Sagebrush defense plan will endure, official says
BOISE, Idaho — A new wildfire-fighting plan to protect a wide swath of sagebrush country in the Western U.S. that supports cattle ranching and is home to an imperiled bird will likely continue after the Obama administration ends, Interior Secretary Sally Jewell said Tuesday.
Jewell spoke after receiving her last update at the National Interagency Fire Center in Boise where managers oversee the nation’s firefighting resources.
Her 2015 secretarial order to protect sagebrush steppe spanning an area stretching from the Dakotas west to Oregon, Washington and northern California is considered by public lands experts, outdoor enthusiasts and scientists as one of the most significant federal land policy changes since the Taylor Grazing Act of 1934. It regulated public lands to prevent overgrazing.
Jewell’s order directed federal resources for the first time to fight massive blazes in open sagebrush steppe that supports cattle ranching, recreation and some 350 species of wildlife, including sage grouse.
She said she will pass along information from that meeting to Republican Montana Rep. Ryan Zinke, President-elect Donald Trump’s choice to succeed her.
Zinke has advocated increased drilling and mining on public lands, but his position on Jewell’s secretarial order is not clear. Zinke’s communications director, Heather Smith, did not immediately respond to an emailed request for comment.
Jewell also said she will provide the transition team details “on the importance of maintaining the momentum that we have in arguably one of the most effective examples of government working together collaboratively at all levels.”
Western Republican governors have generally supported the effort that involves federal, state, and local agencies as well as ranchers trained to fight fires in the early stages.
Jewell’s order “revolutionized how we approach rangeland fire in the West,” said Ron Dunton, the U.S. Bureau of Land Management’s assistant director for Fire and Aviation. “It’s a very collaborative approach.”
In October, the Interior Department released a 139-page plan considered a how-to guide for Jewell’s order calling for a “science-based” approach to safeguard the greater sage grouse bird while contending with fires that have been especially destructive in the Great Basin.
Sage grouse are ground-dwelling, chicken-sized birds found in 11 Western states, where between 200,000 to 500,000 remain, down from a peak population of about 16 million. The males are known for their strutting courtship ritual on breeding grounds called leks, and produce a bubble-type sound from a pair of inflated air sacks on their necks.
Federal officials declined to list the bird under the Endangered Species Act in 2015, but the U.S. Fish and Wildlife Service will review the bird’s status within five years.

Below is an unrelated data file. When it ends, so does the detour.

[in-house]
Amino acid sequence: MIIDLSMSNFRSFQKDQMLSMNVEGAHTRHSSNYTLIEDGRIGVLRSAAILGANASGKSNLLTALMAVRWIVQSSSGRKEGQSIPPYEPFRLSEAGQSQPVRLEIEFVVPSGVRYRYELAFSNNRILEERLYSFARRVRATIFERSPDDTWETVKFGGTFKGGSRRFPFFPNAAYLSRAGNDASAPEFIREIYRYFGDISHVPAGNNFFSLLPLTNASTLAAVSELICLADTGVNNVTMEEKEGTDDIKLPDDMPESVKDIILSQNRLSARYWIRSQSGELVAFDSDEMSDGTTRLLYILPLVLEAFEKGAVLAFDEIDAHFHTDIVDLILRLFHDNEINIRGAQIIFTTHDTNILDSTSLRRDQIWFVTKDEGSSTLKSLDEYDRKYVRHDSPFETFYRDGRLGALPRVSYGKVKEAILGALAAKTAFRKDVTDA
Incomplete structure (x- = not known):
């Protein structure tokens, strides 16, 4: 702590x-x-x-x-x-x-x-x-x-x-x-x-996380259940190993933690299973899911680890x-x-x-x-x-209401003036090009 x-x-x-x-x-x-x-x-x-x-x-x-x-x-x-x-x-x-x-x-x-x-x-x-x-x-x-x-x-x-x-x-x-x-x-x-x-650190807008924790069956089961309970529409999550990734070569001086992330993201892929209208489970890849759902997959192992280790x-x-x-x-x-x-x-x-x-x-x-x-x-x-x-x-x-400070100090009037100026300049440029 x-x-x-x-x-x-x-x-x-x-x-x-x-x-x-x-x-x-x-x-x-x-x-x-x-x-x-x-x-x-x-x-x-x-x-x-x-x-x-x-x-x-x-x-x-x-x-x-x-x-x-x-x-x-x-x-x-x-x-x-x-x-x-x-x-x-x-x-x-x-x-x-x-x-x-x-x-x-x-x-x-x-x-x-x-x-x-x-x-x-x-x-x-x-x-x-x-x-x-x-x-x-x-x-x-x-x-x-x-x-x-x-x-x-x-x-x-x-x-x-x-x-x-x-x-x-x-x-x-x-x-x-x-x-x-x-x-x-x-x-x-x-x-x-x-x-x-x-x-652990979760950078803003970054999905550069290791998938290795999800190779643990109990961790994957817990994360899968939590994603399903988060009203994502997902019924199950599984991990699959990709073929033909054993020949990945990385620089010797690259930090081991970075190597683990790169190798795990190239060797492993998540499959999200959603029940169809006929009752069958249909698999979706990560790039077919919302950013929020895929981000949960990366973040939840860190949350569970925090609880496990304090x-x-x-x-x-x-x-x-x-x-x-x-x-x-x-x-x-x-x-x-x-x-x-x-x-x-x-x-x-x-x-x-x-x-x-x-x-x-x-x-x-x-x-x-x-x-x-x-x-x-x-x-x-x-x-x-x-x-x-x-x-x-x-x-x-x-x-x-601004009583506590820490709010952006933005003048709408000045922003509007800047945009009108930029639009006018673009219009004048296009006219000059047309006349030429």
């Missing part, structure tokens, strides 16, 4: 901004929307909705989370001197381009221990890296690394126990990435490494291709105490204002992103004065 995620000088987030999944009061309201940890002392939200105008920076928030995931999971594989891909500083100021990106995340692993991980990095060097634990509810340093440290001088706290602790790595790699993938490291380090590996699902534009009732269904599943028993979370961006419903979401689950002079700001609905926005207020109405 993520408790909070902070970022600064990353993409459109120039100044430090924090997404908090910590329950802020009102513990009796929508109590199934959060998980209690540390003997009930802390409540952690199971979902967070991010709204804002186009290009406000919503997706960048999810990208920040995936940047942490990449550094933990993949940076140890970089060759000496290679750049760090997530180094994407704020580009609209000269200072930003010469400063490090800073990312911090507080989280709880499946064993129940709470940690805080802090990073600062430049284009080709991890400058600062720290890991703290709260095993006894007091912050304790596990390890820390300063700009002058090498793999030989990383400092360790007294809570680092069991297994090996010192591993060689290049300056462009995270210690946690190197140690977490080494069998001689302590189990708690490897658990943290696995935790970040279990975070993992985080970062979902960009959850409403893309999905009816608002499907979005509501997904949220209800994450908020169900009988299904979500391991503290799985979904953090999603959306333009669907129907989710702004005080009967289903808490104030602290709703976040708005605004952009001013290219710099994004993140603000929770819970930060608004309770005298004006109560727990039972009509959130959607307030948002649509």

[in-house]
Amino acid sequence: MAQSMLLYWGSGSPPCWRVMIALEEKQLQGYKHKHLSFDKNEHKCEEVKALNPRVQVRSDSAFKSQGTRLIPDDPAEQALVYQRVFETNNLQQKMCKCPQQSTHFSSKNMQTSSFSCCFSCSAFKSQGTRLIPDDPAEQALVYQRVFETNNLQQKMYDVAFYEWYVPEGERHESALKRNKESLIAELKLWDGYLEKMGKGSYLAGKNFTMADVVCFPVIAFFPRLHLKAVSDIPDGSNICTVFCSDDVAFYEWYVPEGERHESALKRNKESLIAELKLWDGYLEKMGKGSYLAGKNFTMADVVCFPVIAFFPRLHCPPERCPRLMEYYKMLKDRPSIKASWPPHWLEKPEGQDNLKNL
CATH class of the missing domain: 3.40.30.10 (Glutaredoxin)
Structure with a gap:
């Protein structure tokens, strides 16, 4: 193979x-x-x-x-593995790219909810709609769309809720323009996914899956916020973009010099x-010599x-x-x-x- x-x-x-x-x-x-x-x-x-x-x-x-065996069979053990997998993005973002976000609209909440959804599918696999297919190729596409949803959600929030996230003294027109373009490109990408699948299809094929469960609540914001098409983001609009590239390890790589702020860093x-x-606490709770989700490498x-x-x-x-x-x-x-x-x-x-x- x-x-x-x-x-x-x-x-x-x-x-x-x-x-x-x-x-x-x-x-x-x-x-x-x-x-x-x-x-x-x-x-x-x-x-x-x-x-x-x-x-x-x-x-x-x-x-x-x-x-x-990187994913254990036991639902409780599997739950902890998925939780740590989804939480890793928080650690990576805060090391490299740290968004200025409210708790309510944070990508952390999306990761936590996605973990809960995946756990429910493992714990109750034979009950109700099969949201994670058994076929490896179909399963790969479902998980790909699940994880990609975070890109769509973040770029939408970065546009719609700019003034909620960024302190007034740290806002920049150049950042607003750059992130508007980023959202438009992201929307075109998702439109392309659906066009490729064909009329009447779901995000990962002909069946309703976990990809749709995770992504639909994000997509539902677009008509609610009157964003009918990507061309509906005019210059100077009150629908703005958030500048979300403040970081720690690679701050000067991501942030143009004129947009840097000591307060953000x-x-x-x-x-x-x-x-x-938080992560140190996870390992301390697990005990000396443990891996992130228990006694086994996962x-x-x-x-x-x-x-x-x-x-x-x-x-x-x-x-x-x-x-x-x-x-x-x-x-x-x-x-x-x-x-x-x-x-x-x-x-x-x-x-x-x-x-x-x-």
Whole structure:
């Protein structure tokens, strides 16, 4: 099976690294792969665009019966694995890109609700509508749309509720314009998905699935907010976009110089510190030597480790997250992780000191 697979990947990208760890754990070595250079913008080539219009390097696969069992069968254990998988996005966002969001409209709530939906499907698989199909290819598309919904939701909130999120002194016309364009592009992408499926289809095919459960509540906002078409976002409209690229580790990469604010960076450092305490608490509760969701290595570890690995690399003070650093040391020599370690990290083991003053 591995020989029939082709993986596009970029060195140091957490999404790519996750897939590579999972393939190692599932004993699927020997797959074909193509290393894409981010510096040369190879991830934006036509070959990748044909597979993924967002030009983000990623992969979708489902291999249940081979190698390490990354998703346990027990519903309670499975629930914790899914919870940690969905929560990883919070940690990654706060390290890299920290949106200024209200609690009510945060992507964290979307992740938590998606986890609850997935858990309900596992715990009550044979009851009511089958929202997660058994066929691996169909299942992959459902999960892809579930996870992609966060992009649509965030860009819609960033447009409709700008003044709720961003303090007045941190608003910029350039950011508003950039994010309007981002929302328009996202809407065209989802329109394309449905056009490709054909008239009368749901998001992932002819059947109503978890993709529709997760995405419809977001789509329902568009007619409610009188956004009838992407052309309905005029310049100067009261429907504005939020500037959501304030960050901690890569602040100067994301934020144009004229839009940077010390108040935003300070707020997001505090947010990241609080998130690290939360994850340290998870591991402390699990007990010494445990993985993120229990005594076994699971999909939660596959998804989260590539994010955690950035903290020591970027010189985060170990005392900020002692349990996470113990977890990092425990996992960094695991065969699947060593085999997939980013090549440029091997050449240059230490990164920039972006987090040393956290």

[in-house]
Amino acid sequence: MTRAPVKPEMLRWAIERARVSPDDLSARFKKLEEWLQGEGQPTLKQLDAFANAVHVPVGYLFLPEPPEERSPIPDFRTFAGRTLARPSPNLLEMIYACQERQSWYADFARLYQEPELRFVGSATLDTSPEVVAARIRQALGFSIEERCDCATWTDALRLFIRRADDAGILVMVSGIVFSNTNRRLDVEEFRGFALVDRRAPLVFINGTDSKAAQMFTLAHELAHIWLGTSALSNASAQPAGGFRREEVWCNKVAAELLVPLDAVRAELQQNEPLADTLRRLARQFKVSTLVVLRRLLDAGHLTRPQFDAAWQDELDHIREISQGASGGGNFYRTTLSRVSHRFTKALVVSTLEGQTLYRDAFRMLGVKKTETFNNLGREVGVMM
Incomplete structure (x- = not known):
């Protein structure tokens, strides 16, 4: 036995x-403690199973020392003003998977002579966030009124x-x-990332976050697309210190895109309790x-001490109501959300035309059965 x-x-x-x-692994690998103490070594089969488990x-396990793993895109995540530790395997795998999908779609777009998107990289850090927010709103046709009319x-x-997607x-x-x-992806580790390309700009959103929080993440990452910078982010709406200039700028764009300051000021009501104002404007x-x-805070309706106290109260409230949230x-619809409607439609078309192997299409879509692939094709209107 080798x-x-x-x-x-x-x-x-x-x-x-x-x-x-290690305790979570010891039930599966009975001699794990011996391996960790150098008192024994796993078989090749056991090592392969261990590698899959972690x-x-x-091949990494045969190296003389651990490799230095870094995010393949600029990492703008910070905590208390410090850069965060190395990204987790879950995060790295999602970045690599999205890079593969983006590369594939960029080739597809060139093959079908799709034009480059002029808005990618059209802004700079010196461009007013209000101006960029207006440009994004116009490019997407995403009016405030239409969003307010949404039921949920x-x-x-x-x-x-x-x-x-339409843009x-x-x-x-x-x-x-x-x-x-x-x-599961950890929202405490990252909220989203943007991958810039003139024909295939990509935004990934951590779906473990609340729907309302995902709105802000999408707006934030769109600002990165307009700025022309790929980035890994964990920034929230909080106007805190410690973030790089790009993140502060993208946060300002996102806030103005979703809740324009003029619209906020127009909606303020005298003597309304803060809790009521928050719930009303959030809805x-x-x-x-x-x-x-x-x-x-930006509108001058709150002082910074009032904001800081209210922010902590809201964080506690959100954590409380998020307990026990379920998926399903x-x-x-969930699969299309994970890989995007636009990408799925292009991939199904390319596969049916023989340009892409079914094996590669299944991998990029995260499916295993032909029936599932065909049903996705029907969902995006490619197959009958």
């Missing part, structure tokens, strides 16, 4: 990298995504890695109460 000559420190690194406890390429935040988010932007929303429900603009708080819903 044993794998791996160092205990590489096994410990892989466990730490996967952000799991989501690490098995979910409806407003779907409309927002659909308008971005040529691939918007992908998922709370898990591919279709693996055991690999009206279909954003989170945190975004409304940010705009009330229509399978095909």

Dan Buckley, a member of the National Interagency Fire Center’s National Multi-Agency Coordinating Group that decides where firefighting resources end up, said sagebrush steppe where the bird is found was for a long time considered wasteland.
“But we’ve recognized a lot of the benefits of that ecosystem so it’s important to protect it,” he said. “The secretarial order has focused us to protect it, so that’s what we’ll do.”
Besides the desire to avoid listing sage grouse as endangered, officials say protecting the “sagebrush sea,” as it’s sometimes called, is good because it offers recreational opportunities such as hunting, livelihoods for ranchers, and in places is unique for being an intact ecosystem.
Jewell’s order includes advancing science to better understand that ecosystem and how to make it more resistant to wildfires and more resilient after. Efforts on multiple fronts are underway, including a national seed strategy to have native plant seeds ready to go after a rangeland fire to prevent invasive species from moving in, notably fire-prone cheatgrass that forces out native plants after repeated fires.
Scientists in southwestern Idaho, led by the U.S. Geological Survey, are experimenting on sagebrush rehabilitation techniques following a 436-square-mile rangeland fire in that area in 2015. Idaho Gov. C.L. “Butch” Otter has praised federal officials for that effort.
But it is costing $67 million, and the giant fire left some ranchers unable to graze cattle in burned areas. A key part of Jewell’s order involves preventing big fires at a comparatively small cost.
She noted that’s something the new Trump administration might appreciate.
“An administration that talks about wanting to bring business sense and efficiency into government spending, this is an area where I think they’ll find ripe territory for spending less up front to gain a long-term return on that investment,” she said.